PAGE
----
In 1821, Mexico won its independence from Spain and once-closed borders burst open for business. By 1822, Santa Fe was a bustling international port of entry for traders on the new 800-mile Santa Fe Trail that reached west from Missouri to the Santa Fe Plaza. There, the goods were bought, sold or moved on to Mexico along El Camino Real. As Chihuahua City developed into an important trail terminus in Mexico, El Camino Real between Santa Fe and Chihuahua became known as the Chihuahua Trail.
The Palace maintained a front-row seat on the action as partnerships between Mexico and the United States increased, and trade on the trails swelled to new levels of volume and profit. By the 1830s, more than half the commerce on the Santa Fe Trail extended into Mexico, while in Missouri the silver peso was a common means of exchange. Newly available window glass was installed in the Palace, where customs duties were now collected and traders rented rooms to store their goods. Local bakers, fruit vendors and other providers sold food to itinerant merchants on the Palace’s west side. By 1850, when New Mexico became a U.S. Territory, the majority of these private merchants and caravan owners were either New Mexicans or Mexican nationals.
In 1846, U.S. Brigadier General Stephen Watts Kearny followed the Santa Fe Trail to the plaza and raised an American flag above the Mexican Palace. The Casas Reales had been reconstructed in the late 18th century into a massive blocks-long government complex with military barracks, with the Palace located in the far southeast corner. Much of the Palace was in a state of decay by Kearny’s arrival. Although not part of the original building, a portal of peeled logs and a dirt roof now spanned the Palace’s facade.
With Americanization came new U.S. imports along the Santa Fe Trail, including glass, brick and metal hardware and tools to establish lumber mills. In the following decades, many traditional Spanish-Pueblo buildings in Santa Fe were refitted with new architectural elements. The Palace portal received a drastic makeover in 1878, when it was replaced with a white Victorian-style “portico” with full-length balustrade. That portal survived until 1913, when an extensive restoration sought to return the Palace to its Spanish colonial roots.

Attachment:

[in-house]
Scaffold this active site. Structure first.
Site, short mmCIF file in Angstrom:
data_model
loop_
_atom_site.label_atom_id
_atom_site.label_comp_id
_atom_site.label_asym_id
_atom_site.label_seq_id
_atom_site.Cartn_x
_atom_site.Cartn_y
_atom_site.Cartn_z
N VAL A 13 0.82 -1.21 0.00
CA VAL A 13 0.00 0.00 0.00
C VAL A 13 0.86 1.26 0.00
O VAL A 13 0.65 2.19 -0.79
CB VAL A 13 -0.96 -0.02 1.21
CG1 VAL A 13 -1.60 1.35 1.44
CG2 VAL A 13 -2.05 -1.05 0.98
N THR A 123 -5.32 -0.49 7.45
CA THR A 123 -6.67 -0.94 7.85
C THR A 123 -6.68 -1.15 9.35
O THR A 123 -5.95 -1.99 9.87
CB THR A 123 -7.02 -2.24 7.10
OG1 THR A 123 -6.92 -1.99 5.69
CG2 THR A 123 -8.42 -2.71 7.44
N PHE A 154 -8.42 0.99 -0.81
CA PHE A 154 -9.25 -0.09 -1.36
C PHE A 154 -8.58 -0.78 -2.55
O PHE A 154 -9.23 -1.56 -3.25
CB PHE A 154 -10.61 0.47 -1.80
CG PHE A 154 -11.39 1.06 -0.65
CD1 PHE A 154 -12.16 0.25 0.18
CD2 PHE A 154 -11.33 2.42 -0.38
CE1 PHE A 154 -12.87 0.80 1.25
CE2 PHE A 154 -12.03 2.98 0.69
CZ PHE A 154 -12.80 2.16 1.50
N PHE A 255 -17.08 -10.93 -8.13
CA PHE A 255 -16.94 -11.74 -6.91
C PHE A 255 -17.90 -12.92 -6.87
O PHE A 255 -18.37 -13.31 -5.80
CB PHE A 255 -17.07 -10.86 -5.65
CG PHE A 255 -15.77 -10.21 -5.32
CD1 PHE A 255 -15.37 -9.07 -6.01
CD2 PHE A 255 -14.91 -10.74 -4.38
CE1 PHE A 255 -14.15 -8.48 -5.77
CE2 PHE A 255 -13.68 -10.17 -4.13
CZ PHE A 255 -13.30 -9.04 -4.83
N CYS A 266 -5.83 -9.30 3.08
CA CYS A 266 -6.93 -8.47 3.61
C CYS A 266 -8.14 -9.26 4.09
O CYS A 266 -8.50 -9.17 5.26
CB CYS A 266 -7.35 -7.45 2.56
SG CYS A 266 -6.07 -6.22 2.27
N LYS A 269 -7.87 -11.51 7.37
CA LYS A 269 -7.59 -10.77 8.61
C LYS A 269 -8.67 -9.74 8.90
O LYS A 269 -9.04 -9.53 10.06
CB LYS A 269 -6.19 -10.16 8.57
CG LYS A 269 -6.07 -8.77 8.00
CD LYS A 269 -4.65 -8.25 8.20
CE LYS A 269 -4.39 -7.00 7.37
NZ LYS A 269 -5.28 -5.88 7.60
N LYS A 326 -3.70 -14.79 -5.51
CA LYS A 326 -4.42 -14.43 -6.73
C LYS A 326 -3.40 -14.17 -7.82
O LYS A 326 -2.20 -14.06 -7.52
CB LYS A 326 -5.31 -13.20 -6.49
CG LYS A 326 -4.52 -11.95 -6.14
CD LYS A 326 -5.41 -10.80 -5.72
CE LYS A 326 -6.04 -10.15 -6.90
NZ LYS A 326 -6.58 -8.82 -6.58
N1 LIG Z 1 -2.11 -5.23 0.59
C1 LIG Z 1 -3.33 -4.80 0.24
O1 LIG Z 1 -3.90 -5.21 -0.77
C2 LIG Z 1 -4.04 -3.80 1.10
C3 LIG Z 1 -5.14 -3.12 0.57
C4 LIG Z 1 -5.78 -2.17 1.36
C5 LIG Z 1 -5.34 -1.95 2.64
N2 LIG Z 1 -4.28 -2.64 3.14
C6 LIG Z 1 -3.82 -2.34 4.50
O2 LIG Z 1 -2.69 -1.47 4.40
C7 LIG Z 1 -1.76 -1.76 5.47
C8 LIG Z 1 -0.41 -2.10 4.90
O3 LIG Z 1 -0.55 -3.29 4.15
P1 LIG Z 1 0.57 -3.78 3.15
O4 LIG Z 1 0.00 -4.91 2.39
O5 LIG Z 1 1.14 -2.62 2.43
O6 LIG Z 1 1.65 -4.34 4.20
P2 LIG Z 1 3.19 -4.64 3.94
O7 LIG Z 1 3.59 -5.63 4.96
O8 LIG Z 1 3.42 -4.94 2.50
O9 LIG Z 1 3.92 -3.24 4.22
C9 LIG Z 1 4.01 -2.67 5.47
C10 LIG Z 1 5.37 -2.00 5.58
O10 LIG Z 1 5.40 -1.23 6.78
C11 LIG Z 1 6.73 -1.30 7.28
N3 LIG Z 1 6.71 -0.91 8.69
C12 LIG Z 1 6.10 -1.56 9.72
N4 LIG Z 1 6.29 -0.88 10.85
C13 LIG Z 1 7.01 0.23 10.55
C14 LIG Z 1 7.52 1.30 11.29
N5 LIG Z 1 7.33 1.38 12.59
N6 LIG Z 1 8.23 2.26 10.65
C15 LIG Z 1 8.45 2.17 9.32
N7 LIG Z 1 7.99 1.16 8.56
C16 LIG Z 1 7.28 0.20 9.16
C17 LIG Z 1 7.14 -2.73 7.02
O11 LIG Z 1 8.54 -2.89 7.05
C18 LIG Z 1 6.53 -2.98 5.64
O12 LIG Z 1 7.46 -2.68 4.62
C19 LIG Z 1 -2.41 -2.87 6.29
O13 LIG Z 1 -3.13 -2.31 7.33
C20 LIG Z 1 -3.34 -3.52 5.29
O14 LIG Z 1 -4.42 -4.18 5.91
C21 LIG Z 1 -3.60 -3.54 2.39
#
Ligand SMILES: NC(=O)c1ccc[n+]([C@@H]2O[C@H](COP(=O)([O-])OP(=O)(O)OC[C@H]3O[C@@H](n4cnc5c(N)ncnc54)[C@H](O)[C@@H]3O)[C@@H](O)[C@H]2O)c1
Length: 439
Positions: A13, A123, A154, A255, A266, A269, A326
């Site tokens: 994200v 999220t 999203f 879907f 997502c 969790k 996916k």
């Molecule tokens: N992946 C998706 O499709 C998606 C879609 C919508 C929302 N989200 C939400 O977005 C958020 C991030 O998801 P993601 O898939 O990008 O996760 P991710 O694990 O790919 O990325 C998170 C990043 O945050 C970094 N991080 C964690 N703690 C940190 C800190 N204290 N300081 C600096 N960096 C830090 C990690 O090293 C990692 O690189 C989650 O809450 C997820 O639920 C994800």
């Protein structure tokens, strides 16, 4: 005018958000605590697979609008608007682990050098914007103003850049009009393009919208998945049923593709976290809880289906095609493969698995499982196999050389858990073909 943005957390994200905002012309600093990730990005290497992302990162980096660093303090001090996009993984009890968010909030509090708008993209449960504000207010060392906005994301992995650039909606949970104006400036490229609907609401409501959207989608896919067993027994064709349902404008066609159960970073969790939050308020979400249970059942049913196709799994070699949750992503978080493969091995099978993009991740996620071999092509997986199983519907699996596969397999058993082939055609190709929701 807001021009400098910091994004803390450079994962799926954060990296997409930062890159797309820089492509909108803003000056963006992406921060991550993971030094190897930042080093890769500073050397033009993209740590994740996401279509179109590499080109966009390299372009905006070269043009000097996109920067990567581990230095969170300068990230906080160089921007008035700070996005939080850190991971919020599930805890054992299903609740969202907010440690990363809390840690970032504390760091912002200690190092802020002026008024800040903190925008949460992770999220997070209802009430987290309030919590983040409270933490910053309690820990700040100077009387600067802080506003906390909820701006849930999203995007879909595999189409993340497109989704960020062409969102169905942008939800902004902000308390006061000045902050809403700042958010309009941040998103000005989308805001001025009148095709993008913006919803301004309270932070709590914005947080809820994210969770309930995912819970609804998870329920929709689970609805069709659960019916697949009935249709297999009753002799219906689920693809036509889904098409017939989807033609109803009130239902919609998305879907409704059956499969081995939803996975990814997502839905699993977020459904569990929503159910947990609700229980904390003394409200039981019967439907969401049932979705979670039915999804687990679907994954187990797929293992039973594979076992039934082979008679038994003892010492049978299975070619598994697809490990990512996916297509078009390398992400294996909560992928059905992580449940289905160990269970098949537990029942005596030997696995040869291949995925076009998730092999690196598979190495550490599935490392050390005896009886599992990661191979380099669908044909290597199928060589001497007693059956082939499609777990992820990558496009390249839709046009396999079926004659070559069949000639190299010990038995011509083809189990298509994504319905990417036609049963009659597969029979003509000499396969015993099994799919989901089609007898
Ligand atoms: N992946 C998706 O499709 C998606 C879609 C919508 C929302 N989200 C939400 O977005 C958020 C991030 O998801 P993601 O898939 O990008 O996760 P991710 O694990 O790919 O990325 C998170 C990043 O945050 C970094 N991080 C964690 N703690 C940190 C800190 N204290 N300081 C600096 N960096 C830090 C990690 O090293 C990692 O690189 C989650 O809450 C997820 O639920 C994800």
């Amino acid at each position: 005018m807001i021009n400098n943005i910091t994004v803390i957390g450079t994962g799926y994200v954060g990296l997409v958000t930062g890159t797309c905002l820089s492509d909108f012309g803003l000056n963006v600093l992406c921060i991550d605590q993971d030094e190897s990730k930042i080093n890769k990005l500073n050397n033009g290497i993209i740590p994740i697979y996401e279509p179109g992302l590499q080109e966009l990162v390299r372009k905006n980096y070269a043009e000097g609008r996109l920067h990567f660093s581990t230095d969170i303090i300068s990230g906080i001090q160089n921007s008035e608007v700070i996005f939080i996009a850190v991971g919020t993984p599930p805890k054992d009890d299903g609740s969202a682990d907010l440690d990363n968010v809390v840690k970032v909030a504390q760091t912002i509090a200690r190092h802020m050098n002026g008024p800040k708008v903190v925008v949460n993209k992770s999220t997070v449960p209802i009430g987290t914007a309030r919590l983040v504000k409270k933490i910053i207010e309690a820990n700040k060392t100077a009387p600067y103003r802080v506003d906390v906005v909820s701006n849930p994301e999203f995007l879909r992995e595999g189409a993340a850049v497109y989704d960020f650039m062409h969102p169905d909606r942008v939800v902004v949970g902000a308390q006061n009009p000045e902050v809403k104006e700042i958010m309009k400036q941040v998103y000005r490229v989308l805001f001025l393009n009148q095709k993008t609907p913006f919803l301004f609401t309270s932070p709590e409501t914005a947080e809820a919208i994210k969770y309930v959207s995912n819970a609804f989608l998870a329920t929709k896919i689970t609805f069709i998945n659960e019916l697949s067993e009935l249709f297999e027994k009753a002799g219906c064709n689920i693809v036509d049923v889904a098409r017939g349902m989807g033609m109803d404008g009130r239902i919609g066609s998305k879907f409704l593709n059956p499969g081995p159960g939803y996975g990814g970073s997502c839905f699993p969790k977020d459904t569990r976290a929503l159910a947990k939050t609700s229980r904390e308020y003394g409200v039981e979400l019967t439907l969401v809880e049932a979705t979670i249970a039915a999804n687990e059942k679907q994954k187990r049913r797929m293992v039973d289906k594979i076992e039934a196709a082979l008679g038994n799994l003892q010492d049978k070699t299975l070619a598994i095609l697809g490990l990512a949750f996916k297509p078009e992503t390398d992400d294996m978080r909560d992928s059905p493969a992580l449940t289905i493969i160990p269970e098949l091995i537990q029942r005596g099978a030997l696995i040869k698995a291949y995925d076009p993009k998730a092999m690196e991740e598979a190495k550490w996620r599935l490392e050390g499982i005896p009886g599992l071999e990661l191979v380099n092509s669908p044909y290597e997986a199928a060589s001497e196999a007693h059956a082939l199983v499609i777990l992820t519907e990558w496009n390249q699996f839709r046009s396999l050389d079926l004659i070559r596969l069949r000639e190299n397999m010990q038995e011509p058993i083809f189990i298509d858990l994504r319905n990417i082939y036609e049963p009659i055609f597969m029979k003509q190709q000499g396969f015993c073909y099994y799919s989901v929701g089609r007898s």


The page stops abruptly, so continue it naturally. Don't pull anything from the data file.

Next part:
By then, the railroad had revolutionized trade in New Mexico, leaving El Camino Real and the Santa Fe Trail winding into the past. In 1908, the construction of a new Governor’s Mansion brought to an end the Palace’s life as home to a colorful cast of 91 official, acting and interim governors. With the establishment of the Museum of New Mexico in 1909 as the caretaker of the state’s historical and cultural heritage, the Palace was reborn as a history museum. Since then, the Palace has served as both an artifact and an interpreter of the region’s rich history, including its years on the path of El Camino Real.
Today, the Palace is a National Historic Landmark and its period rooms and exhibitions are a main attraction of the New Mexico History Museum. The venerable Palace portal showcases works by American Indian artists from 41 pueblos and tribes who gather there daily to exhibit and sell their wares. Its Native vendors program and its participation in other annual marketplace events keep the Palace at the center of Santa Fe’s commercial and cultural exchange.
Palace of the Governors is a National Historic Landmark located on W. Palace Ave. on the plaza in downtown Santa Fe, NM. Click here for the National Historic Landmark file: text and photos. The Palace is home to the New Mexico History Museum. For more information, visit the New Mexico History Museum website. The Palace of the Governors has been documented by the Historic American Buildings Survey.
Explore more history by visiting the El Camino Real travel itinerary website.